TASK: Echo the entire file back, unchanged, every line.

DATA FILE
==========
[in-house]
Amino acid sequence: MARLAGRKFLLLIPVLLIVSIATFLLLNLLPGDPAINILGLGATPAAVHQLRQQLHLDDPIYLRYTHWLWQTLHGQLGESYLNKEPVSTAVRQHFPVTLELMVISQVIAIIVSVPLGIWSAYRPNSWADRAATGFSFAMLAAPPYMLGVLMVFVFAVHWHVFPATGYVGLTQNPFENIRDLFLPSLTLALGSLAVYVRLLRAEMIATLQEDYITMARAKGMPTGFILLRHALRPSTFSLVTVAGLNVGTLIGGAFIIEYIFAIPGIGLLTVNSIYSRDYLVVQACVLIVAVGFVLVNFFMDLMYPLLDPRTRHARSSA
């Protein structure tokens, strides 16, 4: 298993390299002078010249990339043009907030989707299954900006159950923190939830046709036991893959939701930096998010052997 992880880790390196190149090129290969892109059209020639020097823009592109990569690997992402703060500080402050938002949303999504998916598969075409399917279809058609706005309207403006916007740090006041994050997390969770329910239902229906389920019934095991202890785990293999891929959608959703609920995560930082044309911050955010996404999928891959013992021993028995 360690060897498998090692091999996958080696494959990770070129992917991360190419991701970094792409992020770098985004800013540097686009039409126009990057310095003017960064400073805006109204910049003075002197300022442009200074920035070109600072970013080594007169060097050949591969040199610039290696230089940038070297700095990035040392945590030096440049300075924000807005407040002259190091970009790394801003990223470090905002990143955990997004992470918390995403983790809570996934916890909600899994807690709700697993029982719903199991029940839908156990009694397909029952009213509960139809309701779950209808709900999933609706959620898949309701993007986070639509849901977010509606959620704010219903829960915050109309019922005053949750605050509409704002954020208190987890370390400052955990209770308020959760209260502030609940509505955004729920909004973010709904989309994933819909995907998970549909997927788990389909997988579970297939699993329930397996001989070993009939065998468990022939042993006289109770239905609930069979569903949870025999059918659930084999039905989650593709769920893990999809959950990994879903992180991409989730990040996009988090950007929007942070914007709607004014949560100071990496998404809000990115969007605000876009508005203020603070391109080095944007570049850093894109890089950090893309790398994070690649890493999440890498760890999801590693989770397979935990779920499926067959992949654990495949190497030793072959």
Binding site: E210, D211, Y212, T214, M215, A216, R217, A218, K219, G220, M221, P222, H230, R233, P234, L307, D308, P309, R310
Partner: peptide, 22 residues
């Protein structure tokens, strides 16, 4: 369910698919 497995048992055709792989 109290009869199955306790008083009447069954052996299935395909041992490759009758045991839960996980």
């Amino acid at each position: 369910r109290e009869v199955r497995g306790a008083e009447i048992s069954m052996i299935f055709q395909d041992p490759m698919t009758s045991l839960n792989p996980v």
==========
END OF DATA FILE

[in-house]
Amino acid sequence: MARLAGRKFLLLIPVLLIVSIATFLLLNLLPGDPAINILGLGATPAAVHQLRQQLHLDDPIYLRYTHWLWQTLHGQLGESYLNKEPVSTAVRQHFPVTLELMVISQVIAIIVSVPLGIWSAYRPNSWADRAATGFSFAMLAAPPYMLGVLMVFVFAVHWHVFPATGYVGLTQNPFENIRDLFLPSLTLALGSLAVYVRLLRAEMIATLQEDYITMARAKGMPTGFILLRHALRPSTFSLVTVAGLNVGTLIGGAFIIEYIFAIPGIGLLTVNSIYSRDYLVVQACVLIVAVGFVLVNFFMDLMYPLLDPRTRHARSSA
């Protein structure tokens, strides 16, 4: 298993390299002078010249990339043009907030989707299954900006159950923190939830046709036991893959939701930096998010052997 992880880790390196190149090129290969892109059209020639020097823009592109990569690997992402703060500080402050938002949303999504998916598969075409399917279809058609706005309207403006916007740090006041994050997390969770329910239902229906389920019934095991202890785990293999891929959608959703609920995560930082044309911050955010996404999928891959013992021993028995 360690060897498998090692091999996958080696494959990770070129992917991360190419991701970094792409992020770098985004800013540097686009039409126009990057310095003017960064400073805006109204910049003075002197300022442009200074920035070109600072970013080594007169060097050949591969040199610039290696230089940038070297700095990035040392945590030096440049300075924000807005407040002259190091970009790394801003990223470090905002990143955990997004992470918390995403983790809570996934916890909600899994807690709700697993029982719903199991029940839908156990009694397909029952009213509960139809309701779950209808709900999933609706959620898949309701993007986070639509849901977010509606959620704010219903829960915050109309019922005053949750605050509409704002954020208190987890370390400052955990209770308020959760209260502030609940509505955004729920909004973010709904989309994933819909995907998970549909997927788990389909997988579970297939699993329930397996001989070993009939065998468990022939042993006289109770239905609930069979569903949870025999059918659930084999039905989650593709769920893990999809959950990994879903992180991409989730990040996009988090950007929007942070914007709607004014949560100071990496998404809000990115969007605000876009508005203020603070391109080095944007570049850093894109890089950090893309790398994070690649890493999440890498760890999801590693989770397979935990779920499926067959992949654990495949190497030793072959």
Binding site: E210, D211, Y212, T214, M215, A216, R217, A218, K219, G220, M221, P222, H230, R233, P234, L307, D308, P309, R310
Partner: peptide, 22 residues
């Protein structure tokens, strides 16, 4: 369910698919 497995048992055709792989 109290009869199955306790008083009447069954052996299935395909041992490759009758045991839960996980």
């Amino acid at each position: 369910r109290e009869v199955r497995g306790a008083e009447i048992s069954m052996i299935f055709q395909d041992p490759m698919t009758s045991l839960n792989p996980v």